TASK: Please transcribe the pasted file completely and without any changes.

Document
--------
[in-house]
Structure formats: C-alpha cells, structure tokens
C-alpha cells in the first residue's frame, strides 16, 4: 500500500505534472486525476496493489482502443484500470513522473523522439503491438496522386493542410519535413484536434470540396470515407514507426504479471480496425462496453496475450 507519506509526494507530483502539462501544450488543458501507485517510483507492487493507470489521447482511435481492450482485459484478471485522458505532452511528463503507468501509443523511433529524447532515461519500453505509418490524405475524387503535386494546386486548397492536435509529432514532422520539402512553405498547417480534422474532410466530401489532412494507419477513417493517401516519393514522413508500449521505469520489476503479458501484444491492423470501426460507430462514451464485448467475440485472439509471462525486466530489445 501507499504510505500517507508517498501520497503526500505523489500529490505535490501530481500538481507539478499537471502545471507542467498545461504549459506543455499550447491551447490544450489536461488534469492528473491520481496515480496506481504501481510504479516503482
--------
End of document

[in-house]
Structure formats: C-alpha cells, structure tokens
C-alpha cells in the first residue's frame, strides 16, 4: 500500500505534472486525476496493489482502443484500470513522473523522439503491438496522386493542410519535413484536434470540396470515407514507426504479471480496425462496453496475450 507519506509526494507530483502539462501544450488543458501507485517510483507492487493507470489521447482511435481492450482485459484478471485522458505532452511528463503507468501509443523511433529524447532515461519500453505509418490524405475524387503535386494546386486548397492536435509529432514532422520539402512553405498547417480534422474532410466530401489532412494507419477513417493517401516519393514522413508500449521505469520489476503479458501484444491492423470501426460507430462514451464485448467475440485472439509471462525486466530489445 501507499504510505500517507508517498501520497503526500505523489500529490505535490501530481500538481507539478499537471502545471507542467498545461504549459506543455499550447491551447490544450489536461488534469492528473491520481496515480496506481504501481510504479516503482